(She walks over to the second tableau – a group of actors getting into makeup and costumes.)

I walked backstage during the last rehearsal before my first show. I was in costume and petrified. Music started with a bang onstage as the next scene came in with a dramatic duet. I reached the stairs that led down into the green room, and a cacophony of voices erupted from below. I stopped. I took one step backwards – all I could hear was the music onstage. I took one step forward – all I could hear was the Les Mis singalong happening in four-part harmony downstairs. Even within the theatre, there are multiple worlds, all intimately connected. Reality and make-believe exist more in tandem in a theatre than perhaps anywhere else.

The theatre attracts a menagerie of personalities. Going backstage is kind of like visiting the Zoo for Slightly Neurotic Extroverts. They all almost invariably have one thing in common – an abundance of quirks. I knew a girl who kissed every stage she walked onto. “For luck,” she’d say as she knelt to the ground. I knew a kid in a Christian theatre company who became a gay Jew shortly after a production of a comedy based on the biblical Joseph and his many-colored dream-coat. His rendition of Potiphar, the Pharaoh’s palace guard who is in charge of Joseph, in our production of Screwtape B.C. was hilariously flamboyant – a crowd pleaser.

(She gestures to the third tableau – two people hugging.)

I was crying. It was backstage at a rehearsal for Oklahoma!, and I was overwhelmed. I’d gone into the hall so that no one would see me – I didn’t want to distract from what was going on onstage. I heard footsteps and was in the middle of hurriedly scraping the tears off my cheeks when one of the actors came around the corner. Oklahoma! is a very ensemble-heavy show, so I had a lot of scenes with pretty much everyone. But I didn’t know this guy well; I was embarrassed. I saw concern wash over his face as he saw me.

“Hey, do you need a hug?” he asked. I felt incredibly silly, but the tears came back as I nodded. He didn’t need to know what was wrong. I guess he figured that if I wanted to talk about it, I would say something. All he knew was that I was somehow hurting, and he decided to help.

(The fourth tableau – one person kneeling to cry surrounded by comforting friends.)

We were twenty minutes out from our entrance at a dance exhibition of West Side Story. Everyone was sitting backstage doing homework or messing around. The mood was light. I was reviewing choreography with a friend when I heard someone gasp. One of the girls was looking at her phone in horror. Her mom had just texted her. Her mom had just been diagnosed with a life-threatening disease. Everyone surrounded her in an instant and placed a comforting hand on her shoulders. She did the show anyway. She’s strong like that.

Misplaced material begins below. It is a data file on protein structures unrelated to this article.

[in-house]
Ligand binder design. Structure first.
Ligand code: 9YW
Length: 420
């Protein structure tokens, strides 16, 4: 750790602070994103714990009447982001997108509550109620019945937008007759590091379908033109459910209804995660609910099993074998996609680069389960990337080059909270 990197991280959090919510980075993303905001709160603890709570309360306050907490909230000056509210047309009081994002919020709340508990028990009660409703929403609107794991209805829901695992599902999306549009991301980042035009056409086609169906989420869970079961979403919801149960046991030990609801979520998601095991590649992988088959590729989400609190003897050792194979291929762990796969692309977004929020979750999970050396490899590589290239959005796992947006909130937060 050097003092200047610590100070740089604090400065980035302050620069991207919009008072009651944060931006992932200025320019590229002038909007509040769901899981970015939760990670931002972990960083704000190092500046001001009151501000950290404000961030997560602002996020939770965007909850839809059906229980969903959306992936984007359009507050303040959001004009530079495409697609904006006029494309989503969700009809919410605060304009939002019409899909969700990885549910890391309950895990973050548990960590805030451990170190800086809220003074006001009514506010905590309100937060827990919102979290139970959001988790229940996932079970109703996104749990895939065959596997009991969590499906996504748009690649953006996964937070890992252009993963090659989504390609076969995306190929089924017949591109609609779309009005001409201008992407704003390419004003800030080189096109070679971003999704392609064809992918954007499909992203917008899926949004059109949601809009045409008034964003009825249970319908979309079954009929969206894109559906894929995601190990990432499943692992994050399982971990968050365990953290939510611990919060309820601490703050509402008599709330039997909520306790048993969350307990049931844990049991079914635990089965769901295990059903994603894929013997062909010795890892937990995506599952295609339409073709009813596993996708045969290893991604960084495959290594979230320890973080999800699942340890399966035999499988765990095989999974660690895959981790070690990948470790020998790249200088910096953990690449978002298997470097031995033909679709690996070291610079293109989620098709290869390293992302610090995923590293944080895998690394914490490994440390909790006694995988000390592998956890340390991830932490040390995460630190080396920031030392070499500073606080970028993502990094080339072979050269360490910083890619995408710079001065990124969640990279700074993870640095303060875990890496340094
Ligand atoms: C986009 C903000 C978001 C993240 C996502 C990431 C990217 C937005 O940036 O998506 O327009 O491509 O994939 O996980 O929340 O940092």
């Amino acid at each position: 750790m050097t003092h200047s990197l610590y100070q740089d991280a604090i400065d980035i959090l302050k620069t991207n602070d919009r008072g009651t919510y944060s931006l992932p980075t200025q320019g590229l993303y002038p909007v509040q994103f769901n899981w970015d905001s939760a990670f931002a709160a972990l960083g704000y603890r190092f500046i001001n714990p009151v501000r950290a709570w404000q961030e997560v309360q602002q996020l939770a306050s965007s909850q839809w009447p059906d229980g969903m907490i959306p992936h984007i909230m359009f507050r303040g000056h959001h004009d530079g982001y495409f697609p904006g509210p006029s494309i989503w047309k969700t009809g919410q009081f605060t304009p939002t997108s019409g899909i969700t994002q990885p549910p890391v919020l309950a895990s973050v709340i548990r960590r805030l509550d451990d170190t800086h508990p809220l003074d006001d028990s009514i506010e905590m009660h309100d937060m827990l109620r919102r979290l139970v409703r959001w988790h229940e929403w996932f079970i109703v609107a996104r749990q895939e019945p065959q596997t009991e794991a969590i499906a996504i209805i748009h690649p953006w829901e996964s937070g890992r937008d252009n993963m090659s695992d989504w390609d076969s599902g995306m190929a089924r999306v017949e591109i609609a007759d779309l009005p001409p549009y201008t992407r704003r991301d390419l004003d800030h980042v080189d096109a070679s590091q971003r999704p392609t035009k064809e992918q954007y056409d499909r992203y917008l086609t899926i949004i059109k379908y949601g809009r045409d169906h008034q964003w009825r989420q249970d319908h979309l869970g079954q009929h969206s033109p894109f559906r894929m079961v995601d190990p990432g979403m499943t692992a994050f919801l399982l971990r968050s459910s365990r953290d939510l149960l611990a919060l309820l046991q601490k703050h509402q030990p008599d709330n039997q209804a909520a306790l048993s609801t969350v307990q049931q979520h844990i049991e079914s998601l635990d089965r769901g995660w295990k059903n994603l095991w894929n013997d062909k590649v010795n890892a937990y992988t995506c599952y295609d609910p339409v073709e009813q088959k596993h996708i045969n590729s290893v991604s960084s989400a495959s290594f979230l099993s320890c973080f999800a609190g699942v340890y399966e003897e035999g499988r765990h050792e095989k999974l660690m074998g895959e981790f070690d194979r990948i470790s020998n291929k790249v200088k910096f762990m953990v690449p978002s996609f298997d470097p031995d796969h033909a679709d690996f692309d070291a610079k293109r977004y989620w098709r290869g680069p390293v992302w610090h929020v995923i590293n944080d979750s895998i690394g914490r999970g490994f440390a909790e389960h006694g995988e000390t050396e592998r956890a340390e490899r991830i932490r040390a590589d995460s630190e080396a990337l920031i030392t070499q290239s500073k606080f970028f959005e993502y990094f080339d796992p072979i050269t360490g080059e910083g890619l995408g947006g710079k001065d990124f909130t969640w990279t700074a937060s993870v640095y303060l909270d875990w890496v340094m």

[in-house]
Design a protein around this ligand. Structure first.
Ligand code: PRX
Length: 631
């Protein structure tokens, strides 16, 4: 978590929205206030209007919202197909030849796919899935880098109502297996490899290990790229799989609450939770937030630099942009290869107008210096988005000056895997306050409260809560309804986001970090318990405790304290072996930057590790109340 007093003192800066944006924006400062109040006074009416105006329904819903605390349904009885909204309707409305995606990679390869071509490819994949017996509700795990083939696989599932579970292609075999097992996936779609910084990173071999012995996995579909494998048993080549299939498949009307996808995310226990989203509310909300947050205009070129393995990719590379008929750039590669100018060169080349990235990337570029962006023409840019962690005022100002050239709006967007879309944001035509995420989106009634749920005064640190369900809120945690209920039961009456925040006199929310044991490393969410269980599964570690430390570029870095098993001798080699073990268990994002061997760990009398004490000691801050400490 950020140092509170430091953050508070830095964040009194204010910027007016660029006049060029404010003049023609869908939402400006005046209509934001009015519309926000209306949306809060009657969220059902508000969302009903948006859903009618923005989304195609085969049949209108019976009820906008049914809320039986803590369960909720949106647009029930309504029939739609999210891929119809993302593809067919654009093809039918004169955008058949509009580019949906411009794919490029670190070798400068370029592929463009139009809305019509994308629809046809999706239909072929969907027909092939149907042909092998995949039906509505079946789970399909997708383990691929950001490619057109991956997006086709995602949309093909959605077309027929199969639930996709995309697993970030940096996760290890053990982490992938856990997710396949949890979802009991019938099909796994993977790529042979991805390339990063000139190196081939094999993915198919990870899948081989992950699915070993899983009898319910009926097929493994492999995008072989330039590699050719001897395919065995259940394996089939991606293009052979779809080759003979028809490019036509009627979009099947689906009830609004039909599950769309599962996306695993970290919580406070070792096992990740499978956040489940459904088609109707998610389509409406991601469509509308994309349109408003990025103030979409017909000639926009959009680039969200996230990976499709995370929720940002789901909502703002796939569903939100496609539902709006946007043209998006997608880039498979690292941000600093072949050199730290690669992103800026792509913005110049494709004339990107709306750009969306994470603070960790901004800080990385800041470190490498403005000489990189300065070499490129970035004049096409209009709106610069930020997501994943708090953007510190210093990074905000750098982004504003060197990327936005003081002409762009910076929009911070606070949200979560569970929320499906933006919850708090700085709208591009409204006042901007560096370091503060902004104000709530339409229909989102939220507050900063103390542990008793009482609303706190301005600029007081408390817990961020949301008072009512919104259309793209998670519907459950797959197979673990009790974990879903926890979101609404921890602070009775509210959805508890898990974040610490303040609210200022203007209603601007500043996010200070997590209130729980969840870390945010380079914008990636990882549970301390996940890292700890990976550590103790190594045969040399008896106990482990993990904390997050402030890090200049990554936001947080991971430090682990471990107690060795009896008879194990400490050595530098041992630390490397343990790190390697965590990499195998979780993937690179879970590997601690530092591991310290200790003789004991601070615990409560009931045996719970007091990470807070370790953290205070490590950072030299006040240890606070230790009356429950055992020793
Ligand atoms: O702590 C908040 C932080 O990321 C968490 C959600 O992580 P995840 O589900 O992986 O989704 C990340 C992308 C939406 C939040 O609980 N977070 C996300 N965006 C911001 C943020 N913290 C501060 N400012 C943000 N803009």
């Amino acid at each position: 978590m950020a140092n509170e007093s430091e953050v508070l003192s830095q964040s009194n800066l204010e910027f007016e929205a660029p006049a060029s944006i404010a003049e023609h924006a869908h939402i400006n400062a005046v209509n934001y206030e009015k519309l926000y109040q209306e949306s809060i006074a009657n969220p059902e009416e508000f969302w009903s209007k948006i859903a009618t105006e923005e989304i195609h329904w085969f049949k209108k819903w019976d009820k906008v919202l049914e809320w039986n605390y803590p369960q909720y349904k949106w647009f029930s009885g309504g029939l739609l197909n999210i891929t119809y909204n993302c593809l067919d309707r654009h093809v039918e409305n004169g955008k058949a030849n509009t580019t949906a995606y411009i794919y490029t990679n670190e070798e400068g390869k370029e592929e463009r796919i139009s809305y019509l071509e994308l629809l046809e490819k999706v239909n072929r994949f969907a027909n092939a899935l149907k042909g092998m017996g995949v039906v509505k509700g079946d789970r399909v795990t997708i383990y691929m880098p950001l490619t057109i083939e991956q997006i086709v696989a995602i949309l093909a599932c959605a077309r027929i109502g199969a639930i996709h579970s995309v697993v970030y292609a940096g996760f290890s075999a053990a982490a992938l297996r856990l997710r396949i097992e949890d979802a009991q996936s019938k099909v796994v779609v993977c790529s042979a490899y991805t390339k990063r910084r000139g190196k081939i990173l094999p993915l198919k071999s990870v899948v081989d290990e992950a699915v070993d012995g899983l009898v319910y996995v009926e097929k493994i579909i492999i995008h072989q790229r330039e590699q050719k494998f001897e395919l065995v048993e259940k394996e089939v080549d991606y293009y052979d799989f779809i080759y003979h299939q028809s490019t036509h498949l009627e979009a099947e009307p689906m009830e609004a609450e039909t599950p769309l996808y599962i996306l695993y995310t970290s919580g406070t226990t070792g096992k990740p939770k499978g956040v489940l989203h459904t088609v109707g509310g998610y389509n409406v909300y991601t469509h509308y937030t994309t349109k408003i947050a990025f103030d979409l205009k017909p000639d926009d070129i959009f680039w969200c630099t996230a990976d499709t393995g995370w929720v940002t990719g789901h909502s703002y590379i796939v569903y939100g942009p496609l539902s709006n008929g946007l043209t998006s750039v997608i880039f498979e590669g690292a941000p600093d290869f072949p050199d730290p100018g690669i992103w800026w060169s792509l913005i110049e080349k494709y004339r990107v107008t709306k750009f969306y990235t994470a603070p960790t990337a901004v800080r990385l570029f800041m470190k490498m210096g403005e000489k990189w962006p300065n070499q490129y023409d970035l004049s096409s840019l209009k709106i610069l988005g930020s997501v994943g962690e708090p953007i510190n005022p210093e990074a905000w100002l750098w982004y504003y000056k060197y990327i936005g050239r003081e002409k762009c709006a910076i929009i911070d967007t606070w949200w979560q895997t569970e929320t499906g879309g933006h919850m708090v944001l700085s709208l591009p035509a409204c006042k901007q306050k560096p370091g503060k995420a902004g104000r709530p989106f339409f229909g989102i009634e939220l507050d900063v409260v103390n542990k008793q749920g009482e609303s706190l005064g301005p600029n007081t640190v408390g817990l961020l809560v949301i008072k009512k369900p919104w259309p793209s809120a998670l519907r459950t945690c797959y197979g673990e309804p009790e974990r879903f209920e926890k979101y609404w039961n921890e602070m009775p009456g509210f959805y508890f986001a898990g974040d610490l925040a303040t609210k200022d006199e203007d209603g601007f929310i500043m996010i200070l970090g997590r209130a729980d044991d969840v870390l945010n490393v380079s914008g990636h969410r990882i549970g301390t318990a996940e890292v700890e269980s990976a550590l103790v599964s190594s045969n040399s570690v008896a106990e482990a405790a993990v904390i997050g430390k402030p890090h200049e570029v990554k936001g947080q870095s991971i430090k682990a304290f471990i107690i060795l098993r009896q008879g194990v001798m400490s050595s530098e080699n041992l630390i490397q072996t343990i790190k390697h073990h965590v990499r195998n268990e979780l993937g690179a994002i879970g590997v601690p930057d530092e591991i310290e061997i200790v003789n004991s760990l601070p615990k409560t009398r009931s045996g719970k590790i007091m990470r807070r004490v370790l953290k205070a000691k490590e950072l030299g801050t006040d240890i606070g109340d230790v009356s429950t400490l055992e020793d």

(She moves center stage.)

Many people idolize actors. The ones they see in the movies – the glamorous film stars with the perfectly coiffed hair. They idolize Lin-Manuel Miranda, Jonathan Groff, the theatre people from the more mainstream productions. But they actually meet “theatre people” and are immediately terrified. Terrified of these projecting monsters, lit from within with glitter and melodrama. But what these scared civilians don’t understand is that, if they were given the chance to spend time with theatre people, they would find them to be some of the most caring, emotionally aware people in the world.

(Backlights up onstage to create a stage full of silhouettes.)

No one can spot a person who’s hurting like an actor can. Well, a well-adjusted, not-self-involved actor. I readily admit that there are divas in this world. Every company I’ve been in has at least one, and sometimes, the biggest divas are the guys. One of the best actors I ever worked with once stormed out of a dress rehearsal, throwing his hands in the air and shouting “I can’t work like this!” But the vast majority of actors, while, yes, they can talk your ear off about the brilliance of Les Miserables and Arthur Miller scripts, are some of the most diversely educated people I know, well-versed in many things from the habits of the psychologically disturbed to the emotional pain of their scene partners. They have received special training in putting themselves in someone else’s shoes, and they are good at it.

(Exit.)

Lights up on her seated at a table. She sits poised among an array of props from nineteenth century England, serving a group tea in the traditional style.